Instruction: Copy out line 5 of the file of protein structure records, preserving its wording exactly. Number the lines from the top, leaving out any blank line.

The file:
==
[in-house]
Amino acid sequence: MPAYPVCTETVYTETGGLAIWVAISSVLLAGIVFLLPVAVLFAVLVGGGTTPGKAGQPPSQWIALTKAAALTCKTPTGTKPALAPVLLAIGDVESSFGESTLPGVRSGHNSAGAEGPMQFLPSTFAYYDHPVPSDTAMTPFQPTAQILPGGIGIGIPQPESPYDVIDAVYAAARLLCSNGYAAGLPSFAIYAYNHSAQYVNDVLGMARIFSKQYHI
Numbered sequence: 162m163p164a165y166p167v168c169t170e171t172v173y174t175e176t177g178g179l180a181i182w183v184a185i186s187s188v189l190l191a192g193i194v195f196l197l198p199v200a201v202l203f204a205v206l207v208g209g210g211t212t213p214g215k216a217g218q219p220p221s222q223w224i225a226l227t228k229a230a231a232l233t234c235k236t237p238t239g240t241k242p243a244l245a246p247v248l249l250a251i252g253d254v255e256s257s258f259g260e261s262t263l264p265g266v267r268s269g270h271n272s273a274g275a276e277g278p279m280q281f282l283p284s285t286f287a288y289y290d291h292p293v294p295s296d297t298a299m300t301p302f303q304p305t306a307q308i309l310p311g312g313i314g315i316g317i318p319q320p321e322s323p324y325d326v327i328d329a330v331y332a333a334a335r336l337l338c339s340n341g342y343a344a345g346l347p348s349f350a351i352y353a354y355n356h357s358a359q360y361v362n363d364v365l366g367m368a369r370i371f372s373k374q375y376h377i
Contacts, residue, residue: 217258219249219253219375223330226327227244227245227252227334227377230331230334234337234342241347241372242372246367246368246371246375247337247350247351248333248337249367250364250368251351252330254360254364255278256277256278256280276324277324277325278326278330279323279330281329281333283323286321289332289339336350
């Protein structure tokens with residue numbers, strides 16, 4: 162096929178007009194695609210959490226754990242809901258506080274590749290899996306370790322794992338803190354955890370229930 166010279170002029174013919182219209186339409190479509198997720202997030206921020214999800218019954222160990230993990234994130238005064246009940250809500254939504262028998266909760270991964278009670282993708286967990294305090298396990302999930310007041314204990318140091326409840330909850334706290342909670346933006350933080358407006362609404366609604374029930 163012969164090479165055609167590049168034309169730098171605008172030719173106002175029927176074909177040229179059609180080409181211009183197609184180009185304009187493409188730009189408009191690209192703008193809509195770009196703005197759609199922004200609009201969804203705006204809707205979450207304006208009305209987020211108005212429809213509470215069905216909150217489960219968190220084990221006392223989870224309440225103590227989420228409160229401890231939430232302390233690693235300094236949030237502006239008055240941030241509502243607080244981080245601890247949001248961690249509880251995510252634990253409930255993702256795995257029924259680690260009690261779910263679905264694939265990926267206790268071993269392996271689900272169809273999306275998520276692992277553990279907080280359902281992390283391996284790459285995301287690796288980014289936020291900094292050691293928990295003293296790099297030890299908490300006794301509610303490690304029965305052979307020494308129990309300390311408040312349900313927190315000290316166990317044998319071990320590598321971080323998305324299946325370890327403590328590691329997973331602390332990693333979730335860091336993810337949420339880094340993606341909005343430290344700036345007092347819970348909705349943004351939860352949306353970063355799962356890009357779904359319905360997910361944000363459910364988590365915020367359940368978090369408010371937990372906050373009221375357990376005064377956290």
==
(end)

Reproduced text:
């Protein structure tokens with residue numbers, strides 16, 4: 162096929178007009194695609210959490226754990242809901258506080274590749290899996306370790322794992338803190354955890370229930 166010279170002029174013919182219209186339409190479509198997720202997030206921020214999800218019954222160990230993990234994130238005064246009940250809500254939504262028998266909760270991964278009670282993708286967990294305090298396990302999930310007041314204990318140091326409840330909850334706290342909670346933006350933080358407006362609404366609604374029930 163012969164090479165055609167590049168034309169730098171605008172030719173106002175029927176074909177040229179059609180080409181211009183197609184180009185304009187493409188730009189408009191690209192703008193809509195770009196703005197759609199922004200609009201969804203705006204809707205979450207304006208009305209987020211108005212429809213509470215069905216909150217489960219968190220084990221006392223989870224309440225103590227989420228409160229401890231939430232302390233690693235300094236949030237502006239008055240941030241509502243607080244981080245601890247949001248961690249509880251995510252634990253409930255993702256795995257029924259680690260009690261779910263679905264694939265990926267206790268071993269392996271689900272169809273999306275998520276692992277553990279907080280359902281992390283391996284790459285995301287690796288980014289936020291900094292050691293928990295003293296790099297030890299908490300006794301509610303490690304029965305052979307020494308129990309300390311408040312349900313927190315000290316166990317044998319071990320590598321971080323998305324299946325370890327403590328590691329997973331602390332990693333979730335860091336993810337949420339880094340993606341909005343430290344700036345007092347819970348909705349943004351939860352949306353970063355799962356890009357779904359319905360997910361944000363459910364988590365915020367359940368978090369408010371937990372906050373009221375357990376005064377956290």